I use pads in almost all of my tracks and they sound good in stereo mode but when I check in mono, suddenly a large part of the pad sound disappears.

Anybody know a trick in arrangment or mixing to prevent that?

  • What are you using to create the pads?
    – Tim
    Feb 2, 2020 at 7:45
  • If i want to create them myself , i usually use serum, otherwise i use nexus, synthmaster, analog lab and ...
    – Ali
    Feb 2, 2020 at 9:57

2 Answers 2


If you have wide-sounding pads with poor mono compatibility, the chances are that it is using some kind of phase-inversion to achieve this apparent width.

When you add two phase-inverted signals together they cancel each other out & if perfectly out of phase, you get silence.

One trick to avoid this is to put a slight delay on one side of the signal only.
This will of course change the original stereo sound somewhat, but will prevent that simple phase-cancellation when summed to mono.
Experiment with the delay until you get a result that is satisfactory for both situations - this is best done on a rig you can quickly flip from mono to stereo.

  • Thanks. I also tried to decreas the stereo signal of my pad, using imagers, that helped a little too. Just a quick question, how do i add delay to one side of my signals?
    – Ali
    Feb 2, 2020 at 11:01
  • Depends on your mix environment. At worst, split the track into two mono tracks.
    – Tetsujin
    Feb 2, 2020 at 11:03

I assume when you say "a large part of the pad sound" you are refering specifically to the dynamics and stereo width (tone) of the synth. As stereo instruments are positioned within the stereo field, their overall volume will differ if summed to mono, increasing or sometimes decreasing the volume slightly. The reason for this is to do with the phase relationship of your sound in stereo. https://larryjordan.com/articles/audio-mono-vs-stereo-levels/ https://en.m.wikipedia.org/wiki/Pan_law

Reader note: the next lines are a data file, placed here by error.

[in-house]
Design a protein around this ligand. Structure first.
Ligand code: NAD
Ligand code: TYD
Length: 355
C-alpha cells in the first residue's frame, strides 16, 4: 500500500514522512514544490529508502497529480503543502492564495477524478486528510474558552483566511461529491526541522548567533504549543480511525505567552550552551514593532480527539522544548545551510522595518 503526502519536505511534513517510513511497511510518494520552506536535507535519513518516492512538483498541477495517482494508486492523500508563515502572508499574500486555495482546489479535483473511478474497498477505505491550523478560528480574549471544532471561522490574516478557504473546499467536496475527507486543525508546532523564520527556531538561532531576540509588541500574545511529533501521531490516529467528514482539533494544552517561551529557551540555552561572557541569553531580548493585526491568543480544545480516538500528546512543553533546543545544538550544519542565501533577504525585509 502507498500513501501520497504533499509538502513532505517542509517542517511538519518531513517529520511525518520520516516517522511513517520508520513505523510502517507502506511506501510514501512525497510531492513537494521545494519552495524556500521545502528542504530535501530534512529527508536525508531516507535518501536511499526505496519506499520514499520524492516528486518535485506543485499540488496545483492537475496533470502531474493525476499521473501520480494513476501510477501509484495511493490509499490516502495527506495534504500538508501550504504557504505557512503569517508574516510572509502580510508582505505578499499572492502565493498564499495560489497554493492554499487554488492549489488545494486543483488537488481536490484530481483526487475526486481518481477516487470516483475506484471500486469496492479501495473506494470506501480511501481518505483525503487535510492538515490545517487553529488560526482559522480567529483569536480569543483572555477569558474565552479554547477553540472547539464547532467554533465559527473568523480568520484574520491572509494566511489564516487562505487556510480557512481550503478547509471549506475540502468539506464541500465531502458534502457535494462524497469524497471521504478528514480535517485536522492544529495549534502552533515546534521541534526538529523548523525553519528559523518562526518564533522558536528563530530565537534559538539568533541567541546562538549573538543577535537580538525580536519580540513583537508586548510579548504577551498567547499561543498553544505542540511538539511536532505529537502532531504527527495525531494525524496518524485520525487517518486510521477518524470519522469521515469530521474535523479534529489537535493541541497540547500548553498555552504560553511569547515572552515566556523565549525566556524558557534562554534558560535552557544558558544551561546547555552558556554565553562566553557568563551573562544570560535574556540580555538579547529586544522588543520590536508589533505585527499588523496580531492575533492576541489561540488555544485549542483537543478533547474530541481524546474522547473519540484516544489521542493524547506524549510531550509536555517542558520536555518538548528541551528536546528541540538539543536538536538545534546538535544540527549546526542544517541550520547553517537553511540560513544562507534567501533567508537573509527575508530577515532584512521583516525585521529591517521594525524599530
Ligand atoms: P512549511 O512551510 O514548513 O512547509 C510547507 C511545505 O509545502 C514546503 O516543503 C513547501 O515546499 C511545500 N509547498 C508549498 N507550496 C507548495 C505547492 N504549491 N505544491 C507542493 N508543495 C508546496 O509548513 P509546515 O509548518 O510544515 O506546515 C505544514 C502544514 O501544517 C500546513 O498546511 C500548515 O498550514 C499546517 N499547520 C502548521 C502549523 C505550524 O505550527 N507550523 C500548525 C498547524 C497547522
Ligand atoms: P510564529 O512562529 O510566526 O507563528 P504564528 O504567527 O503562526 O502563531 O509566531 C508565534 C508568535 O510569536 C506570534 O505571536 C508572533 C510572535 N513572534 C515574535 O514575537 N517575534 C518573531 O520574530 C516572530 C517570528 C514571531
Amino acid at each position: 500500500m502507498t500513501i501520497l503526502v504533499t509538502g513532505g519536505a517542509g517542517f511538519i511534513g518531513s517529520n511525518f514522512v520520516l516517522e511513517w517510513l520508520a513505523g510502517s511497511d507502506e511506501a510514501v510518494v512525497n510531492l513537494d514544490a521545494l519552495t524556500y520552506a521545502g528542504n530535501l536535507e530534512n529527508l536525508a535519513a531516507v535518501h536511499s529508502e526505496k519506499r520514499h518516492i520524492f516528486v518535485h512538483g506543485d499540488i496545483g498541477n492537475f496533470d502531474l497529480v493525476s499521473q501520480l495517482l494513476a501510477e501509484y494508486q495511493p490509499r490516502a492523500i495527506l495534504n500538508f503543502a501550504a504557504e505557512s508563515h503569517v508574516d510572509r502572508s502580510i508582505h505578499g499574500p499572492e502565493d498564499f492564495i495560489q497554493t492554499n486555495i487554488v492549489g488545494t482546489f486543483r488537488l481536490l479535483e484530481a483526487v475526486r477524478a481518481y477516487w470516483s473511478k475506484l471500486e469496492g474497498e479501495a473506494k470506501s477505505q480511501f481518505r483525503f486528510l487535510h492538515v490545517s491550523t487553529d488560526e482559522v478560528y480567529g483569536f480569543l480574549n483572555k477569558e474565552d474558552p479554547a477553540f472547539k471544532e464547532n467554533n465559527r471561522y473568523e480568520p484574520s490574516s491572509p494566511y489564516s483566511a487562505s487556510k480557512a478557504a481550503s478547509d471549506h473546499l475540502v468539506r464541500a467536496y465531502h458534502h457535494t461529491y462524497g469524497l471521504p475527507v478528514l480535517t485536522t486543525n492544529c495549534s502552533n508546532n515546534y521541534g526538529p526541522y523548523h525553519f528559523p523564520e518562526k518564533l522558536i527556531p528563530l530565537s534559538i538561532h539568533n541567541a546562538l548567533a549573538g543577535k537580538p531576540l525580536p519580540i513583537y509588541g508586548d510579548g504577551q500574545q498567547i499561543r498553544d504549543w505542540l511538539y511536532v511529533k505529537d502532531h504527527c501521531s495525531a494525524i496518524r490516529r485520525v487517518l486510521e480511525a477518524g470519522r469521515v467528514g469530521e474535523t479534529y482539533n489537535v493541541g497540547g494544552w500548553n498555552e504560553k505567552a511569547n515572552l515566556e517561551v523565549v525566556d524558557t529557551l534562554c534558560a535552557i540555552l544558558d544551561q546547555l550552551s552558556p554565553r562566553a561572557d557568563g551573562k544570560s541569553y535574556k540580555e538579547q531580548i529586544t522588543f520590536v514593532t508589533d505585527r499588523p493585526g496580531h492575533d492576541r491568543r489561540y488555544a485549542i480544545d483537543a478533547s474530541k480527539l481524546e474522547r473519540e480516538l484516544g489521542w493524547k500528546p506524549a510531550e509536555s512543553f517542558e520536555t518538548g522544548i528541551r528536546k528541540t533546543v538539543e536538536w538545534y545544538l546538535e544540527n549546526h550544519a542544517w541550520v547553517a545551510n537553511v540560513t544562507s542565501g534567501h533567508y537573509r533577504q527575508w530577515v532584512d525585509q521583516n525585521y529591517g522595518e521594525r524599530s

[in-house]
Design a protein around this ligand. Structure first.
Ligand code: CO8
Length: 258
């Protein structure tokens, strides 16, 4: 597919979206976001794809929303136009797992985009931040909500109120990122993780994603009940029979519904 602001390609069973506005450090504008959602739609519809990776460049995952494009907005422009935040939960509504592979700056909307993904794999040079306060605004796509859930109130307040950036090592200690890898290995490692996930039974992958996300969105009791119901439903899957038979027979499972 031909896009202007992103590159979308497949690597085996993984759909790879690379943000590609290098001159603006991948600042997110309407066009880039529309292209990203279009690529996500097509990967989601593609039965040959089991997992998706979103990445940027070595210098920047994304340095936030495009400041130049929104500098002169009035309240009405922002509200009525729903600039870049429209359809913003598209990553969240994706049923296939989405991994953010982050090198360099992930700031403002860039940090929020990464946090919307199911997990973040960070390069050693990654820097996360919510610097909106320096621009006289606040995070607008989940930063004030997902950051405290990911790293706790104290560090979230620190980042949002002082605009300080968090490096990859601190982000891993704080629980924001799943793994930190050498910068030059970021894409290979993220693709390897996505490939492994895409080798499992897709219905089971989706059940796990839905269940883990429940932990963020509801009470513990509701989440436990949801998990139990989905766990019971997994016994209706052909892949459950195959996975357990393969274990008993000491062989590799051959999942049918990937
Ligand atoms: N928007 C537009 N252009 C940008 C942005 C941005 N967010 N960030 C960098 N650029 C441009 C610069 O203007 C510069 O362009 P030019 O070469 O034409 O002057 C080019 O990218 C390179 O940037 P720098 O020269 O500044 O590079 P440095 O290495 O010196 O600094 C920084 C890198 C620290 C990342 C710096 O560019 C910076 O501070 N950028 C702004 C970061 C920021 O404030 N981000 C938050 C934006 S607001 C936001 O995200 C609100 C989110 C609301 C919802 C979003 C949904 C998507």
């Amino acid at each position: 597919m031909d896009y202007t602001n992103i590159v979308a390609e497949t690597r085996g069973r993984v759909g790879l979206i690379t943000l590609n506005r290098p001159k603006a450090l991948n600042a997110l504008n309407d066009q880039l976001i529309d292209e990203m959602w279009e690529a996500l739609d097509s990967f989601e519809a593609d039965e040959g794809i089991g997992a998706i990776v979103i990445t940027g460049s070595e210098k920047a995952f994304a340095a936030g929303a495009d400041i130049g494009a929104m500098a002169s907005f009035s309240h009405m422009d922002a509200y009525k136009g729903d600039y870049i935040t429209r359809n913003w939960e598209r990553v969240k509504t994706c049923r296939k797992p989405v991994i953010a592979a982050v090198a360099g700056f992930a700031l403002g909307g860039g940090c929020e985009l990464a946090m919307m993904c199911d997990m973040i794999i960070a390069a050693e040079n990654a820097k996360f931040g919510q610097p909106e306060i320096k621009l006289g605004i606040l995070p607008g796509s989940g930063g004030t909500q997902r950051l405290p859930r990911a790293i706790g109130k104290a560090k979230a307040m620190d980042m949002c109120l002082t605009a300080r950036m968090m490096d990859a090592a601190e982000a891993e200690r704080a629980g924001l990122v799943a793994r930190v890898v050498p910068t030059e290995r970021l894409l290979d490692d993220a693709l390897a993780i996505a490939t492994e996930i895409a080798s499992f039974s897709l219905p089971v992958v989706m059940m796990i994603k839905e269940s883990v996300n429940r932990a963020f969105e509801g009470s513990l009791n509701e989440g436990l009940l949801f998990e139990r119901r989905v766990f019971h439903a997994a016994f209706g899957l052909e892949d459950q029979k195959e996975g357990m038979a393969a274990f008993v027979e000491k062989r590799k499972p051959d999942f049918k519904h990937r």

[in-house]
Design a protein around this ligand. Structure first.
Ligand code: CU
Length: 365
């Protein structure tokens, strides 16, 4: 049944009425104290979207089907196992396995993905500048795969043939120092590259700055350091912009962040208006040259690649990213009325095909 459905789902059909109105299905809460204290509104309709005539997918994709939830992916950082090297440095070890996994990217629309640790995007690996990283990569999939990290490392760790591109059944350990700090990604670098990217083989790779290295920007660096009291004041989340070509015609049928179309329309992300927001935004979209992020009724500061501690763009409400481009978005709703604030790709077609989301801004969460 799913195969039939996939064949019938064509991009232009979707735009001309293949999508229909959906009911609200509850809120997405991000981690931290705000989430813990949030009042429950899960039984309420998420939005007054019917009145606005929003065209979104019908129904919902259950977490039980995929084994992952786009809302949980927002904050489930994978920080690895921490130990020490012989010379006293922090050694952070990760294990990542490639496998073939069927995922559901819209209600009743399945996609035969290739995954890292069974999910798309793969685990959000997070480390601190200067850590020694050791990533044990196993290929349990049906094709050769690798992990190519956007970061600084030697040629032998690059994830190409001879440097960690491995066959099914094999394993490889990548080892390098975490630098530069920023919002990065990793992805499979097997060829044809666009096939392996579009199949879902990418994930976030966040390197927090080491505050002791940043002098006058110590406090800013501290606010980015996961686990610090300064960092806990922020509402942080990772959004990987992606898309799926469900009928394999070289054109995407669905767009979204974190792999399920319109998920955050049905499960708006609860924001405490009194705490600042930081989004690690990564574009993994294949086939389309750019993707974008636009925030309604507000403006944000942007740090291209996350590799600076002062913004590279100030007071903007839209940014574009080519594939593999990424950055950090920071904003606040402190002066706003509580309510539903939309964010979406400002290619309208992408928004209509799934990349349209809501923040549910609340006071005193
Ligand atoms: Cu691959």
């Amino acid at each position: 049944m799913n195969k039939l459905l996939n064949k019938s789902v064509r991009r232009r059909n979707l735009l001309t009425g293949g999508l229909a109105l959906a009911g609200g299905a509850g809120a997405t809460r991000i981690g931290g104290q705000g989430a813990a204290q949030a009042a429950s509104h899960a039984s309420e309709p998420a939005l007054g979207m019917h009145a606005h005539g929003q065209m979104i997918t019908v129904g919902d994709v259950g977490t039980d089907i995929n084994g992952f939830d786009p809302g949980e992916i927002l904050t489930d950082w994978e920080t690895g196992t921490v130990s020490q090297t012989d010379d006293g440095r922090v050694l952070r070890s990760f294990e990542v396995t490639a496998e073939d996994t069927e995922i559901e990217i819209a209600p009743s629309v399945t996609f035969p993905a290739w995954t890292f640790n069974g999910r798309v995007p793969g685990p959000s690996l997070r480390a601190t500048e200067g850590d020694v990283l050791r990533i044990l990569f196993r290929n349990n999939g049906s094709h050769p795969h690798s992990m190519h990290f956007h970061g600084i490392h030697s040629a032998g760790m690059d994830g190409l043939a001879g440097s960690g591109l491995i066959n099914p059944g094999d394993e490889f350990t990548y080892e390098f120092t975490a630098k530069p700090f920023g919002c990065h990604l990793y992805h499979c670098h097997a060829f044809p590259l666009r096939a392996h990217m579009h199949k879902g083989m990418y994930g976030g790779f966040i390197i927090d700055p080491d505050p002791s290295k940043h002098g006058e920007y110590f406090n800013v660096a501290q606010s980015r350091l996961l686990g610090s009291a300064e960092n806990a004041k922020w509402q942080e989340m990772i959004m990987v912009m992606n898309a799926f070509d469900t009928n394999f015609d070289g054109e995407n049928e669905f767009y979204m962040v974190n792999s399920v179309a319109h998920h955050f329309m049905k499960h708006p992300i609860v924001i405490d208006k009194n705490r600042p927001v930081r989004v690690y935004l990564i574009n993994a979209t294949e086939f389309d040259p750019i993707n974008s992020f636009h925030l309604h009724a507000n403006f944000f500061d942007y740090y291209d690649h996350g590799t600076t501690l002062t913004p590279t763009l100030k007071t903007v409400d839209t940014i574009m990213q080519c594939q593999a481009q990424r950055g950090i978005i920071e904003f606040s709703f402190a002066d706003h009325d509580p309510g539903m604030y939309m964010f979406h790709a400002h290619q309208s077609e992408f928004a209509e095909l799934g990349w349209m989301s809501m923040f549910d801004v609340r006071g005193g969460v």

Secondly, stereo width adds a tonal quality that in itself can only be described as being stereo... or wide(r) or however else you want to put it. Again depending on the phase of your synth, the wideness may be affected a lot or a little when summed to mono. (You can check it's phase relationship with a correlation meter, +1 is good, -1 is bad, the closer to +1 your correlation is, the less problems you'll have with phase and therefore stereo/mono summing).

Whether any of this is useful depends on why you want to sum to mono? Usually Bass frequencies are kept in mono, if you have phase problems with different sounds then you can EQ Mid/side the bass/lower mid frequencies to get rid of most problems. If you have a synth with bass/treble frequencies, consider splitting the sound into two tracks, one for bass below 120Hz (For example) and one for treble above (120Hz). This way you should be able to keep your synths stereo as long as your bass frequencies are mono.


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